The small sliver of fire seemed almost mystical as beautiful oranges, reds, blues and even greens danced in my hand. I had never seen such a brilliant display. I was on the verge of a hypnotic trance.
'Do or die,' I heard my Mother's voice reverberate off the wooden walls. 'Do or die.'
Flinging an elbow over my nostrils, I held the small silver lighter to the spot I had clawed at earlier. Patience was a virtue, I had heard someone say once. Now I fully understood what that meant.
After an eternity, or just a few minutes, I did not know which, I could see, hear and actually taste the wood burning. The small circle was becoming larger and larger as the fire darkened, changing the wood's integrity. I began to cough and gag as smoke slowly filled my lungs.
Then, it hit me. Excruciating pain. An iron grip squeezed my lower right calf and would not let go. A Charlie horse. The cramp lasted several moments. I gasped, coughed and writhed in agony. Unable to contort my body in directions it needed for comfort, I bit my lip and prayed. Salty blood covered my tongue. My stomach gurgled in protest.
"Don't throw up. Don't throw up," I commanded myself. I willed my stomach to settle and continued on with my task.
I was perspiring again, this time more profusely. As I wiped damp hair from my stinging eyes, the cigarette lighter slid through my fingers, falling with a THUD that echoed through my coffin.
I thrashed about like a temper-tantrum-throwing two-year-old. I couldn't do this. I wasn't made to handle situations like this. I took another deep breath and punched my fist at the wood in raw, deep, hatred. Hatred at Mother for leaving me to handle this alone, hatred at myself for not being stronger and hatred at the two men who had caused this entire mess, obviously due to a case of mistaken identity.
I punched and punched and punched. The wood gave way beneath the force of my knuckles and, unbeknownst to me at the time, more than lumber was cracking and breaking. Adrenaline began to flow as did deep, dark soil.
I was able to maneuver my face from the dust and grime that ensued but panic clutched my throat with cold, steely fingers. Had I done the wrong thing? Should I have done something differently? It was pathetically too late now. Dirt was flowing fast and furious.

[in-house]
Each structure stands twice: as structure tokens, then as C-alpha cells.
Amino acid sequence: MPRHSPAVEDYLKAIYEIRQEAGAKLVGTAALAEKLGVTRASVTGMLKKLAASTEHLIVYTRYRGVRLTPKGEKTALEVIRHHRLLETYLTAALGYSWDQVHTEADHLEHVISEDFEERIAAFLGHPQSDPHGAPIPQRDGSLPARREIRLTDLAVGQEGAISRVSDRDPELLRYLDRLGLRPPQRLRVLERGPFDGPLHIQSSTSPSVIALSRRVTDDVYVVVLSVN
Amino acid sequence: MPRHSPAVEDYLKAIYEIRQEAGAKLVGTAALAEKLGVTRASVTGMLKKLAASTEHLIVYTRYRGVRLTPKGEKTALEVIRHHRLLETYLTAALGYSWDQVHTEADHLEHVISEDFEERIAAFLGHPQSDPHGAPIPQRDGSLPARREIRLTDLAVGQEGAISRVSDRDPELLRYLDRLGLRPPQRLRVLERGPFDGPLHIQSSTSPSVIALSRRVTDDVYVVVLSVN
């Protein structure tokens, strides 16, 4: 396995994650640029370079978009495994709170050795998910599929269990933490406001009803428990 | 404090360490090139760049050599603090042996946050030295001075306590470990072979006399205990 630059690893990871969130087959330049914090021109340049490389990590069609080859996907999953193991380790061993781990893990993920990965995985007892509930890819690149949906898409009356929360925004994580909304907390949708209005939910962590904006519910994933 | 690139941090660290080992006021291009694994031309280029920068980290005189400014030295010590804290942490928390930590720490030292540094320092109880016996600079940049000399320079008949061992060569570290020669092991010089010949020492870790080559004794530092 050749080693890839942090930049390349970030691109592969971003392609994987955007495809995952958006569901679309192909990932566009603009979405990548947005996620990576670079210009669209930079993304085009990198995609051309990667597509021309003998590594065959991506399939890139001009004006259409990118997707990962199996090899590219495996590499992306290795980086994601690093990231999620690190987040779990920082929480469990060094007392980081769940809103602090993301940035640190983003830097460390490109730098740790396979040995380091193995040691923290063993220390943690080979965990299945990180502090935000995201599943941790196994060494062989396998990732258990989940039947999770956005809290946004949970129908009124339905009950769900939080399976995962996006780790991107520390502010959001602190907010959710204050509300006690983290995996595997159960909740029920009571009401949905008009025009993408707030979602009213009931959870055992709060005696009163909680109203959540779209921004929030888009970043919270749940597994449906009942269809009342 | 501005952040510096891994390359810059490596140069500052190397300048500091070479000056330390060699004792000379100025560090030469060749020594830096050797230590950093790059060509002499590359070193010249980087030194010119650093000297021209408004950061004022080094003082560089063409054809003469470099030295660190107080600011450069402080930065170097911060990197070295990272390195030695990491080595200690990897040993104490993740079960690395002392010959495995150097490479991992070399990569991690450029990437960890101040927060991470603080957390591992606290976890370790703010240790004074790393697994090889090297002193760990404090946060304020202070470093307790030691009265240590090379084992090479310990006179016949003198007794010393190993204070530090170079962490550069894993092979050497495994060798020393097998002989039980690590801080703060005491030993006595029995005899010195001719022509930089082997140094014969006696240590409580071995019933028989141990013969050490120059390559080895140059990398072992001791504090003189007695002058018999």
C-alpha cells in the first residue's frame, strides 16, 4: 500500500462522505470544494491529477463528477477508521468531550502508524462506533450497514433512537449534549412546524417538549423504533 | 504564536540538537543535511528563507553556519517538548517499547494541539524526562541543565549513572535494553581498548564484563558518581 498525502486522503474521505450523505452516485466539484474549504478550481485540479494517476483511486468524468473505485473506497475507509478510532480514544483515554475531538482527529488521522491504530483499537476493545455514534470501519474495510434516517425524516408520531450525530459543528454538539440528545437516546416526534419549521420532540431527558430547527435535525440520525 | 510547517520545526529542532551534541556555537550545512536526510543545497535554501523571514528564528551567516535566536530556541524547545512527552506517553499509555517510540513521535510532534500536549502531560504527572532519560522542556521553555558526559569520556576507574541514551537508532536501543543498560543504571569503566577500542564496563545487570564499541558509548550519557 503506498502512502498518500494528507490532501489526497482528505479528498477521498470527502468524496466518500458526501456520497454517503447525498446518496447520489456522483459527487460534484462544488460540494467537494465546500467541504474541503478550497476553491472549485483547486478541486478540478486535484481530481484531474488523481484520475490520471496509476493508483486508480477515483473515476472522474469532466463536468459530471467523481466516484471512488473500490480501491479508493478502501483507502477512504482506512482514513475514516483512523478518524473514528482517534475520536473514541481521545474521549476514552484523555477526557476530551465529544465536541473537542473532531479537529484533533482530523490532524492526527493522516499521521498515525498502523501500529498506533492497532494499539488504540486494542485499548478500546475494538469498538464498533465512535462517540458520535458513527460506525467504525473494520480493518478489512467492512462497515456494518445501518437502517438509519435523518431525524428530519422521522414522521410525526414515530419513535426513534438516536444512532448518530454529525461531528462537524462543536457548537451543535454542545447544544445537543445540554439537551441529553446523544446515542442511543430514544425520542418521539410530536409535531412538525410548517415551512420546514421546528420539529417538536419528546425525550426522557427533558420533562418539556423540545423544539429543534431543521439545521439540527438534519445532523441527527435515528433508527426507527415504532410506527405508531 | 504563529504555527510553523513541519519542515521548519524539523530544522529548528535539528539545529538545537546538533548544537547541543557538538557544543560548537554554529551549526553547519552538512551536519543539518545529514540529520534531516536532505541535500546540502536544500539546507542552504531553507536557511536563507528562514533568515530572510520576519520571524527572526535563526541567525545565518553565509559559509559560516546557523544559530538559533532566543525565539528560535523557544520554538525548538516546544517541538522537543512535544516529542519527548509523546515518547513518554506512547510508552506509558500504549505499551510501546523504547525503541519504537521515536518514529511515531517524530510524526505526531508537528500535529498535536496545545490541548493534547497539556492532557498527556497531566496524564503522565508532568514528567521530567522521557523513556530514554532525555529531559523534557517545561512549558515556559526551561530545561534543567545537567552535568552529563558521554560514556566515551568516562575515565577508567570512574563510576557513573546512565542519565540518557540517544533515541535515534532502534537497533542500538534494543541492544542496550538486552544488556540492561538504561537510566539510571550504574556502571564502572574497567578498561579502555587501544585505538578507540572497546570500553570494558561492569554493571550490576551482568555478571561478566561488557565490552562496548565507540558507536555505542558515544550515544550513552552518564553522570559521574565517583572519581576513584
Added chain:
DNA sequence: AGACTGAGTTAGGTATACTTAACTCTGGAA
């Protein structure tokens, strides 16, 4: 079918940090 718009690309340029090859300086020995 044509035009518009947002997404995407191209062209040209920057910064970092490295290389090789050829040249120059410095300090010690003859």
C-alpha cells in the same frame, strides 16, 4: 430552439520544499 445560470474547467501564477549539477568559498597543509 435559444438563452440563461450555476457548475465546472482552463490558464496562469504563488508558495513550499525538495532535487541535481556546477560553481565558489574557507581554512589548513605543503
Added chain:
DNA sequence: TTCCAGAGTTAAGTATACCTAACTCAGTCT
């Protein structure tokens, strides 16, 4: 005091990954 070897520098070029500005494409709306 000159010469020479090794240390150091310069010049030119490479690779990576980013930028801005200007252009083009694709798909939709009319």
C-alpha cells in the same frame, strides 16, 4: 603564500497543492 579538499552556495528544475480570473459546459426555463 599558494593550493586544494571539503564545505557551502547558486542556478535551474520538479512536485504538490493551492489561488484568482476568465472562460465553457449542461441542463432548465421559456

The next coherent memory I had was walking down Tolley Lane. A car horn was honking.
"Get off the street, lady!" a man was yelling. "You homeless people need to get a job!"
Homeless? I wasn't homeless. I was going to Bridge Academy, the private school for the well-to-do, the brightest and the best.
Reaching my hand up to smooth my hair, I found it tangled and caked with blood and dirt. My skirt was tattered and torn. My legs scratched and bleeding.
Everything came flooding back to me. The gas station, the men in ski masks, the one with the lisp saying, 'Sweet Daddy will pay what he owes ...' And the grave; that horrible burial plot.
I turned onto Harner Avenue, where Daddy and I had lived for the past six years. We had moved in shortly after Mother's death. A fresh start, he had said.
As I approached the house, I noticed my little red sports car in the driveway. I was confused but I just wanted to be inside, to take a hot shower and to call the police.
As I quietly opened the front door, I heard my father's voice.
"You did well, Maurice," he was saying. "No one will suspect that I was the one who plotted and planned this. The life insurance papers will be in the mail tomorrow morning; I can pay off those drug goons, and you, of course, and still have enough money left over to move to the Caymans." He chuckled easily; happily.
"Oh, yes, no more paying for expensive cars, clothes or schools. I can spend my money on the one who counts the most. Me!"
I listened as sadness filled my chest. Daddy? Daddy was behind this?
I heard a long exasperated sigh. "Yes, trust me will you? I told you, I got away with it six years ago when I killed her mother Julie. No one's ever pointed a finger in my direction."
I looked around the foyer for a weapon; anything. Emotions overwhelmed me. Shock, disgust, sadness, betrayal. I cannot begin to describe the depth of my heartache. How could I face this man? No, this monster!
Atop a stack of car magazines on the side table sat my cell phone. Pink case, bling-bling up and down the sides. Forget cars, clothes, hair and bling. All I cared about now was justice.
'Do or die, baby,' my Mother's spirit urged as I dialed 9-1-1.